Sunday, April 18, 2010

Wisteria sinensis

Growing up in the midwest was a wonderful thing, but I realize now that it was not without its drawbacks. 34 years without ever meeting a wisteria, for instance.

See what I mean? I'm completely bowled over by these guys.

And I'm not the only one. A friend here naively planted two wisteria vines alongside her garden trellis a few years ago. Now she has a big wisteria heap, and no trellis. The wisteria crushed it. Wisteria have been known to pull down fences and posts, pry up shingles, collapse roofs, and even lift a house off its foundations.

The house above is on the market - wonder why?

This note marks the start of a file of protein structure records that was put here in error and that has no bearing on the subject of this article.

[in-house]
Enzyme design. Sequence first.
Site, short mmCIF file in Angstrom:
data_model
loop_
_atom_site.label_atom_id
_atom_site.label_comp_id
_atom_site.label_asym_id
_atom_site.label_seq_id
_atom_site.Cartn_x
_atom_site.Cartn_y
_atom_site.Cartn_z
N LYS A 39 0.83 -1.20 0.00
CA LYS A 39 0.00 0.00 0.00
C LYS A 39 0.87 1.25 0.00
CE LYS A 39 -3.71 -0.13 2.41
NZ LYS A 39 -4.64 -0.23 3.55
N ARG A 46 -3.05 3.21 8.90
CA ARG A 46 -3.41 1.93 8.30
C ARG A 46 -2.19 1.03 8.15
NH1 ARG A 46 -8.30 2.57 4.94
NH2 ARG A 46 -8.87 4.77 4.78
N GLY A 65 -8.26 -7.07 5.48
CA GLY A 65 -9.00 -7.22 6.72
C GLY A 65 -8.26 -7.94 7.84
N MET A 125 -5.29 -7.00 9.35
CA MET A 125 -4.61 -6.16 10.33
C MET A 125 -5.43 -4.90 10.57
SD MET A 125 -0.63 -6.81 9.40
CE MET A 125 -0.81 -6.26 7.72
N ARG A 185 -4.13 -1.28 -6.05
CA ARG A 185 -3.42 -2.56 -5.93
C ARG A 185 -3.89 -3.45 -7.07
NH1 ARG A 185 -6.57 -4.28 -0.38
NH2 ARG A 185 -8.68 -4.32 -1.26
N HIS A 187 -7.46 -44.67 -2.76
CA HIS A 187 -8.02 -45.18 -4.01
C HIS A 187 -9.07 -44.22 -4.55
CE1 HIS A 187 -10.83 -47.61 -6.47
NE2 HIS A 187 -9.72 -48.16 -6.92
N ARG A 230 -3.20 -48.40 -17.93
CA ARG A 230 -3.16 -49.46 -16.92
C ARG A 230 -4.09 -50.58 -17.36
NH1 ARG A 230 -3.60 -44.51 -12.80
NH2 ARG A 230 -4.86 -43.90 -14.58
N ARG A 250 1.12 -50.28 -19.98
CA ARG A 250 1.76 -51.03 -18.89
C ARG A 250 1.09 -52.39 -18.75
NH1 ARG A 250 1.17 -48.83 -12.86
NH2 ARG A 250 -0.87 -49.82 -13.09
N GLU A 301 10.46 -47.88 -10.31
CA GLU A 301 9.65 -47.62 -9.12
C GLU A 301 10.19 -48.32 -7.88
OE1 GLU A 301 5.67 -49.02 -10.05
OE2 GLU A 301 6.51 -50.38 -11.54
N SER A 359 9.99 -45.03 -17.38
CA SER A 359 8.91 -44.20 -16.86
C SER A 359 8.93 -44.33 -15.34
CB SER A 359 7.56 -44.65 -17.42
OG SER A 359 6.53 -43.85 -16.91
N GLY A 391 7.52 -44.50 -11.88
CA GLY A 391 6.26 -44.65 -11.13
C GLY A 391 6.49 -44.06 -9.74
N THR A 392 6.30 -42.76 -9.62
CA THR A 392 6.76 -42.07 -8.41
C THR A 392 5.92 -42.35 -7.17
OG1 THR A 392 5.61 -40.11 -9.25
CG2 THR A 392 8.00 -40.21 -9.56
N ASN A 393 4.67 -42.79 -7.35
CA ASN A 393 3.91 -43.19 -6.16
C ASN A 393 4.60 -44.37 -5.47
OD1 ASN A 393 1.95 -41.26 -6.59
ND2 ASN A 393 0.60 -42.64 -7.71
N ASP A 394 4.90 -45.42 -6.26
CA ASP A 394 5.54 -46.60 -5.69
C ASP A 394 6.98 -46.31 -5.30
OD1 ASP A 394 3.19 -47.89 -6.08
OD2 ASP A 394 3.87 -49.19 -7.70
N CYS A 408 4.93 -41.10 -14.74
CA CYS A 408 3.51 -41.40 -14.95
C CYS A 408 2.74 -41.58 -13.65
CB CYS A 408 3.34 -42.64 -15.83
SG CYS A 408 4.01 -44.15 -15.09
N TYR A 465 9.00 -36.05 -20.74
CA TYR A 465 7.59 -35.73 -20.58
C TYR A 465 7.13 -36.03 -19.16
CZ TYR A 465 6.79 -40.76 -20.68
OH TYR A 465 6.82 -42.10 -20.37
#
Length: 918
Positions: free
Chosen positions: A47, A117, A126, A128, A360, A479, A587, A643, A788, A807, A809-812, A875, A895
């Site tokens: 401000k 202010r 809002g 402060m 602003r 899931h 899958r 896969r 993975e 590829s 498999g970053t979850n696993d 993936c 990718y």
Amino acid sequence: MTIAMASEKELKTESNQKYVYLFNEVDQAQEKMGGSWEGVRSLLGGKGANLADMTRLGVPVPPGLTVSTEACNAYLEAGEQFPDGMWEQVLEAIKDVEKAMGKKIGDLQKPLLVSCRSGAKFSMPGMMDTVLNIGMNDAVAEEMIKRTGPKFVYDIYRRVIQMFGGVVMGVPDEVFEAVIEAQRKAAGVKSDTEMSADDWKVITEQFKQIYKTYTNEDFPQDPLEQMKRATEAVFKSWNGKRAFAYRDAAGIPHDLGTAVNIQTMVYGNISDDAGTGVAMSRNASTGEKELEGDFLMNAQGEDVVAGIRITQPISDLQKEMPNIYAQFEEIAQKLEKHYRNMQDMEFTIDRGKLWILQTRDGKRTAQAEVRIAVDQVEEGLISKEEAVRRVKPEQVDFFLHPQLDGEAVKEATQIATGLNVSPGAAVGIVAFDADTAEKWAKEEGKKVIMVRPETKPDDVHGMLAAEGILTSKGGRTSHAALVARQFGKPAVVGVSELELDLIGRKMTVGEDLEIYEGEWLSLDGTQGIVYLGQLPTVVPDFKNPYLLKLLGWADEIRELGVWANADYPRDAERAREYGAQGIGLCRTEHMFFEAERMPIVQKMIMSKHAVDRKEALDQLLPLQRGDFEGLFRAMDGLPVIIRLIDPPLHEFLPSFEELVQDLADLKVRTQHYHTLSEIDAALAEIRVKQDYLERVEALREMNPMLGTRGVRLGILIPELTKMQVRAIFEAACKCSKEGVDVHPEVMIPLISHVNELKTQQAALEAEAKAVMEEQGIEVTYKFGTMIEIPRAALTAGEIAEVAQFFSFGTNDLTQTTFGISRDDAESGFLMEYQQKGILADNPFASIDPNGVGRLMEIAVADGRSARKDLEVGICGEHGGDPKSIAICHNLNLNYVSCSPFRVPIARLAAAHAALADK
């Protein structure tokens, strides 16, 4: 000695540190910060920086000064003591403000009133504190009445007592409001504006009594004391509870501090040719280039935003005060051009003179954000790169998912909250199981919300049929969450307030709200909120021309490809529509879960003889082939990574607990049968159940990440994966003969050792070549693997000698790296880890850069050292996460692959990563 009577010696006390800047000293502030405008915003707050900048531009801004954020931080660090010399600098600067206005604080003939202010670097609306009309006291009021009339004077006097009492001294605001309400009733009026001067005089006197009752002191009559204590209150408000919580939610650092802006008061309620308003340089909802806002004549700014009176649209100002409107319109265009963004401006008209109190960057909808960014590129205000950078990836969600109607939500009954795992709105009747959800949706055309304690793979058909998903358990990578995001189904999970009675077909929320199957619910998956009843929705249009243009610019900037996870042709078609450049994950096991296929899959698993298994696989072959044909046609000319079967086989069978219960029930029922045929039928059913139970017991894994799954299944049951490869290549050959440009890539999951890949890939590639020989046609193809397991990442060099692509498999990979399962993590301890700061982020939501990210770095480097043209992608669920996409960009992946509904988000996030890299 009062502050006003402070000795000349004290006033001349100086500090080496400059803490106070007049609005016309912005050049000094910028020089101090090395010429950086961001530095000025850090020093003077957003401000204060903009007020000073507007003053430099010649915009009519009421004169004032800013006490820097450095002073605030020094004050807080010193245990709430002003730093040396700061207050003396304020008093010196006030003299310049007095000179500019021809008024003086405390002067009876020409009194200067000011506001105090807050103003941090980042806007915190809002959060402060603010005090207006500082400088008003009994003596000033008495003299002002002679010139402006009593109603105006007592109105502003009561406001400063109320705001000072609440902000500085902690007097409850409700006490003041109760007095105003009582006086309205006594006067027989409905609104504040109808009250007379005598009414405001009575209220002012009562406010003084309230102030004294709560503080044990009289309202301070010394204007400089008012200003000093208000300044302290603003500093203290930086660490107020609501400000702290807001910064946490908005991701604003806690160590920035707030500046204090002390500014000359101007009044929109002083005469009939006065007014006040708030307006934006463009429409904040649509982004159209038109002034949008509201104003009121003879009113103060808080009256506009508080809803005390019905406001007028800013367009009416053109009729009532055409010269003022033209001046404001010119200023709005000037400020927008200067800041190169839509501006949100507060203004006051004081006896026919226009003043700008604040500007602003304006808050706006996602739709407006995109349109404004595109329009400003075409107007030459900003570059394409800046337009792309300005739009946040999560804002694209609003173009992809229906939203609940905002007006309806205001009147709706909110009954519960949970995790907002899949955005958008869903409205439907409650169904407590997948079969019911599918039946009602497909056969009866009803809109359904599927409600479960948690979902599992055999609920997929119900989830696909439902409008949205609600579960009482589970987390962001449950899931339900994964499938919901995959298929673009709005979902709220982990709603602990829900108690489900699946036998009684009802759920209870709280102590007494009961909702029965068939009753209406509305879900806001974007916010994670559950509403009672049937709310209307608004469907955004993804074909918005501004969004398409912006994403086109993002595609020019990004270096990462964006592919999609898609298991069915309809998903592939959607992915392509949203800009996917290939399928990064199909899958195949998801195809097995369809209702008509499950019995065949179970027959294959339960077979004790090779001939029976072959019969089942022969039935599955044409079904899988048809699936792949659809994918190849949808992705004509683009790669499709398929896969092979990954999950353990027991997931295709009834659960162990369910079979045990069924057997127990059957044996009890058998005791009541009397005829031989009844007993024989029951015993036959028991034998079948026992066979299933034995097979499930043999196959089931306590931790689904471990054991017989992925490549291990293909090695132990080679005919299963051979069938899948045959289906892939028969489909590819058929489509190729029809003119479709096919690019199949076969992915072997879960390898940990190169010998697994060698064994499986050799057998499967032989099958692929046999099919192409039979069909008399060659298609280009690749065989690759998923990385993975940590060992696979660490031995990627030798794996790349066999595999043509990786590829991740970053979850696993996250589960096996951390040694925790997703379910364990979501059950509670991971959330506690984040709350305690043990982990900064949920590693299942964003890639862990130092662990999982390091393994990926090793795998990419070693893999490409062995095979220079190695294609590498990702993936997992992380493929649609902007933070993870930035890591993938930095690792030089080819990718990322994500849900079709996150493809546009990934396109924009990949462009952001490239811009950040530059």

Folks around the corner have chosen a safer path and planted their wisteria far away from everything, in the middle of their gargantuan yard. Pretty, huh?

But these guys must be gamblers...

The wisteria is related to the pea, although its seeds resemble beans. It is said to have been brought to Europe from Asia by none other than Marco Polo. The wisteria figures prominently in traditional Japanese kabuki dance. The world's largest flowering plant is a 250-ton, 500-ft wisteria vine in Sierra Madre, CA. Just like the wisteria in my neighborhood, the record holder is said to flower most vigorously when a cold winter is followed by an unusually warm spring.

Hoo boy!

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